Eventually, we arrived in Füssen. We split a cab fare for a short ride to Hohenschwangau (yes, these village names get better and better!) and we were dropped off right in front of the Neuschwanstein Castle ticketing center. When we got out of the car, we looked up and almost collectively remarked, "Hey, there's a castle up there!" This would be our catchphrase for the rest of the day!
There are two ways to get up the hill to Neuschwanstein: One way is to hike one mile up the hillside. The other is to wait for a shuttle bus. If you haven't already guessed, we waited for the bus! It was with both smug satisfaction and embarrassing self-jugement that we watched all the fit, attractive Europeans march up the hillside. One day, perhaps? Probably not.
Up top, we learned that the shuttle bus drop-off was still half a mile away from the castle! That being said, we were beside a scenic bridge looking across a ravine to the Castle in all of its majesty. We jostled for a spot on the packed bridge and took turns taking photos and selfies. This was the quintessential view. The money shot. Heck, I even made it the cover-photo of this blog post!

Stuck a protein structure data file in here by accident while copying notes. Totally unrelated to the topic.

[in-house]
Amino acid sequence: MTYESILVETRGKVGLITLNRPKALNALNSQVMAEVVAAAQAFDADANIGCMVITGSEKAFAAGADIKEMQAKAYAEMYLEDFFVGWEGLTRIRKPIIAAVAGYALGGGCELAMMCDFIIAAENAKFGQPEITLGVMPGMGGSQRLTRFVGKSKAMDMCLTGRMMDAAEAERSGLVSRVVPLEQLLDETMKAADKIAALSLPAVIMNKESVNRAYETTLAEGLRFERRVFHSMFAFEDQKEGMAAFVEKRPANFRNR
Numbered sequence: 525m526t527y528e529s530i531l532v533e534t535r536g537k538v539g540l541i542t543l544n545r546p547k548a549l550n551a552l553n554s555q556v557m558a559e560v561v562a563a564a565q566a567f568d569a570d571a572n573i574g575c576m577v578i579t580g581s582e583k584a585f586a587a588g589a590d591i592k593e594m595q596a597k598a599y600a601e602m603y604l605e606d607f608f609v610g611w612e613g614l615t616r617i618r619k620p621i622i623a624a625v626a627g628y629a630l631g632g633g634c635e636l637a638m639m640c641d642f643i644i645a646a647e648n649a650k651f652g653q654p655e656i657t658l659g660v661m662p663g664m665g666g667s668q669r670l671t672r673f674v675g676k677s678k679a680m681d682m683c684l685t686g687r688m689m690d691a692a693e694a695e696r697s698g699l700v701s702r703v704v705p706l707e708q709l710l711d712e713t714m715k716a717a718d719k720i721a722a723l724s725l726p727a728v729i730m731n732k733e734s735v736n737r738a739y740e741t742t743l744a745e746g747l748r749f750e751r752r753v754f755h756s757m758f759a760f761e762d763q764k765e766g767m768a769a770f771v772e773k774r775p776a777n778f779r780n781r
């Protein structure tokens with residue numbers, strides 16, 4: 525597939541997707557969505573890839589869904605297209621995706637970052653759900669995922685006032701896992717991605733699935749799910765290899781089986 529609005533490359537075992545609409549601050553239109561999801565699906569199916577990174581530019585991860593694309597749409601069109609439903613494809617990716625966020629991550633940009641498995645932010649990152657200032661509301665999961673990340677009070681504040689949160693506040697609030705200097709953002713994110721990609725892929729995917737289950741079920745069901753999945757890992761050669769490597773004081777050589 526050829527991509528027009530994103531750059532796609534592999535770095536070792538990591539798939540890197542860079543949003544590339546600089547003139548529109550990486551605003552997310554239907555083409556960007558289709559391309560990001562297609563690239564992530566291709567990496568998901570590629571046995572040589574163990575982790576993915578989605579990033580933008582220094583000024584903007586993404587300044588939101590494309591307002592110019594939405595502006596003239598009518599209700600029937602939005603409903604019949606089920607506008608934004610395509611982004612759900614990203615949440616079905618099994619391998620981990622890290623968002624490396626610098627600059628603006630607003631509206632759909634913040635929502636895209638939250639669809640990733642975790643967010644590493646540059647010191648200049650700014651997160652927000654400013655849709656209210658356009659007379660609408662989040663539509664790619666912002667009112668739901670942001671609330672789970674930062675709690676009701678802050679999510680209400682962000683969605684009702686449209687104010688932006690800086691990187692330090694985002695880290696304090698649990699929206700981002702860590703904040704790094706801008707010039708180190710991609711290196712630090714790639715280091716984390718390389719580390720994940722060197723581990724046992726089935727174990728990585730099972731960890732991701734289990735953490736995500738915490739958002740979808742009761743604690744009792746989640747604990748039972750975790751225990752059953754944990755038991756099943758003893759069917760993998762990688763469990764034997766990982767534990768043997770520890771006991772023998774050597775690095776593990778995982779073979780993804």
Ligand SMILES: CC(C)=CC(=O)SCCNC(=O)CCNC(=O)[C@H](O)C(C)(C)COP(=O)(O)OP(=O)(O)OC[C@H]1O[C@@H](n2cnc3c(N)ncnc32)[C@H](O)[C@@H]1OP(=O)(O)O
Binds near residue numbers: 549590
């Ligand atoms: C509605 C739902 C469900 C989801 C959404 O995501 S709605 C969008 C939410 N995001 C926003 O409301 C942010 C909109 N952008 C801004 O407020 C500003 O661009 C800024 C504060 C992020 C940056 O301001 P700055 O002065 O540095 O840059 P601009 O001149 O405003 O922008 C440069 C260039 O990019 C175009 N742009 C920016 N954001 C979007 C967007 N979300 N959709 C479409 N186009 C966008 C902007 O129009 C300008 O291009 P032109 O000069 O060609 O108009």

After all of our photos were taken, it was time to walk along the ridge to Neuschwanstein. When we arrived at the castle, there was a very efficient tour process through which we were able to go inside. Unfortunately, photos were not allowed to be taken of the interior and I try to be nice about these things. The tour itself was short, lasting about 15 minutes, with gaggles of us tourists being shuffled efficiently from one room to another. We saw bedrooms, the throne room, a performance space, hallways, spiral staircases, and even the Grotto (more on that in a moment). Once at a stop, our guide would share a two-paragraph spiel on the significance of the room and take one or two questions. Only enough time was spent at each stop to get a sense of the room, without any clear study of the details, but I still managed to enjoy our stay greatly.
I suppose this is a good time for me to mention what I find so fascinating about the castle. Note: any quotes I share were taken from the Neuschwanstein Wikipedia page, a thorough read and one I recommend.